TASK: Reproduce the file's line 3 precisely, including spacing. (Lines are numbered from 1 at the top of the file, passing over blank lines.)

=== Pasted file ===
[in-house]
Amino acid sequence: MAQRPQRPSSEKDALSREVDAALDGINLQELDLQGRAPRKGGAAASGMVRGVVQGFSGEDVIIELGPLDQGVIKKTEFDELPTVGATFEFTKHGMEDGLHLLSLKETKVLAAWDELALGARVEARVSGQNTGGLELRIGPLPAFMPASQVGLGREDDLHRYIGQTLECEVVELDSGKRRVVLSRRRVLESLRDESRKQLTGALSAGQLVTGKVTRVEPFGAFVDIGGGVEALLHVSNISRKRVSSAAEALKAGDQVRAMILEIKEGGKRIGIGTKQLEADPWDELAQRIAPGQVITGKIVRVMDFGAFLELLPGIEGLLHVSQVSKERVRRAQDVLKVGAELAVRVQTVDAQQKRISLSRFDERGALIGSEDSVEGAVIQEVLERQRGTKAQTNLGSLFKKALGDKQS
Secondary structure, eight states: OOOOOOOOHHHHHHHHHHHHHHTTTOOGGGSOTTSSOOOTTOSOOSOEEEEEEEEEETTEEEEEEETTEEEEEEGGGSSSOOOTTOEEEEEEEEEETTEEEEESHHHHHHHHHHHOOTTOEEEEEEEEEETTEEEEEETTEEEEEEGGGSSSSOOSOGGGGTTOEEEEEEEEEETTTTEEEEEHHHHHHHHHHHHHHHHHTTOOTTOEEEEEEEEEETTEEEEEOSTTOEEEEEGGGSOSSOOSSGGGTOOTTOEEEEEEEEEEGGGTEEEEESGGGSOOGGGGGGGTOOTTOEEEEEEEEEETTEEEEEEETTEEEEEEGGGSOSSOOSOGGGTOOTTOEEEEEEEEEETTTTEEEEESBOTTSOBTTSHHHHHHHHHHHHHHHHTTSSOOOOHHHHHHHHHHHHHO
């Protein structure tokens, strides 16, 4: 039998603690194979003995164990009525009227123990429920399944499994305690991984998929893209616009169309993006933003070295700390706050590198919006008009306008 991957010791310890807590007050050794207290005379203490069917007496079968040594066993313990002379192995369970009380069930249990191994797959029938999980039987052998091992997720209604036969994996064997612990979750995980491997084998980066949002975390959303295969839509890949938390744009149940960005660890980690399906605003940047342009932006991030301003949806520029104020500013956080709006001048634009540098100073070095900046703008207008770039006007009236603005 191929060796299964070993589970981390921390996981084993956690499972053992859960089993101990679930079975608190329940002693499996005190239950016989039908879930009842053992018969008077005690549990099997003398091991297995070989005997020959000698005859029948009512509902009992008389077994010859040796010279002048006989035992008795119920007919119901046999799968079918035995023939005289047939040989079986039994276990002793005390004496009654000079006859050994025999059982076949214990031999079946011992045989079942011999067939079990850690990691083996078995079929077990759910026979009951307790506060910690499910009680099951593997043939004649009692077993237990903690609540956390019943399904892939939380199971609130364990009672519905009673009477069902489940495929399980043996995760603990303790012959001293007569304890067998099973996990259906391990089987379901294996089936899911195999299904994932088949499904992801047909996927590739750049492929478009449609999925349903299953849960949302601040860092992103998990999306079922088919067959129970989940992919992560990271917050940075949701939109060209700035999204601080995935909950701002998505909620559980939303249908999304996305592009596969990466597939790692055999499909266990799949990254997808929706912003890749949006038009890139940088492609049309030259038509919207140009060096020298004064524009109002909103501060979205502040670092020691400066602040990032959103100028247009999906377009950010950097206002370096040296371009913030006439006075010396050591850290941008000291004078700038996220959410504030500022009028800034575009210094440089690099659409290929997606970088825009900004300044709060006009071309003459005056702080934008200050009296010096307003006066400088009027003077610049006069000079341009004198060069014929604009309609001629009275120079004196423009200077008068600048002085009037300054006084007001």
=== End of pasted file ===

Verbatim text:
Secondary structure, eight states: OOOOOOOOHHHHHHHHHHHHHHTTTOOGGGSOTTSSOOOTTOSOOSOEEEEEEEEEETTEEEEEEETTEEEEEEGGGSSSOOOTTOEEEEEEEEEETTEEEEESHHHHHHHHHHHOOTTOEEEEEEEEEETTEEEEEETTEEEEEEGGGSSSSOOSOGGGGTTOEEEEEEEEEETTTTEEEEEHHHHHHHHHHHHHHHHHTTOOTTOEEEEEEEEEETTEEEEEOSTTOEEEEEGGGSOSSOOSSGGGTOOTTOEEEEEEEEEEGGGTEEEEESGGGSOOGGGGGGGTOOTTOEEEEEEEEEETTEEEEEEETTEEEEEEGGGSOSSOOSOGGGTOOTTOEEEEEEEEEETTTTEEEEESBOTTSOBTTSHHHHHHHHHHHHHHHHTTSSOOOOHHHHHHHHHHHHHO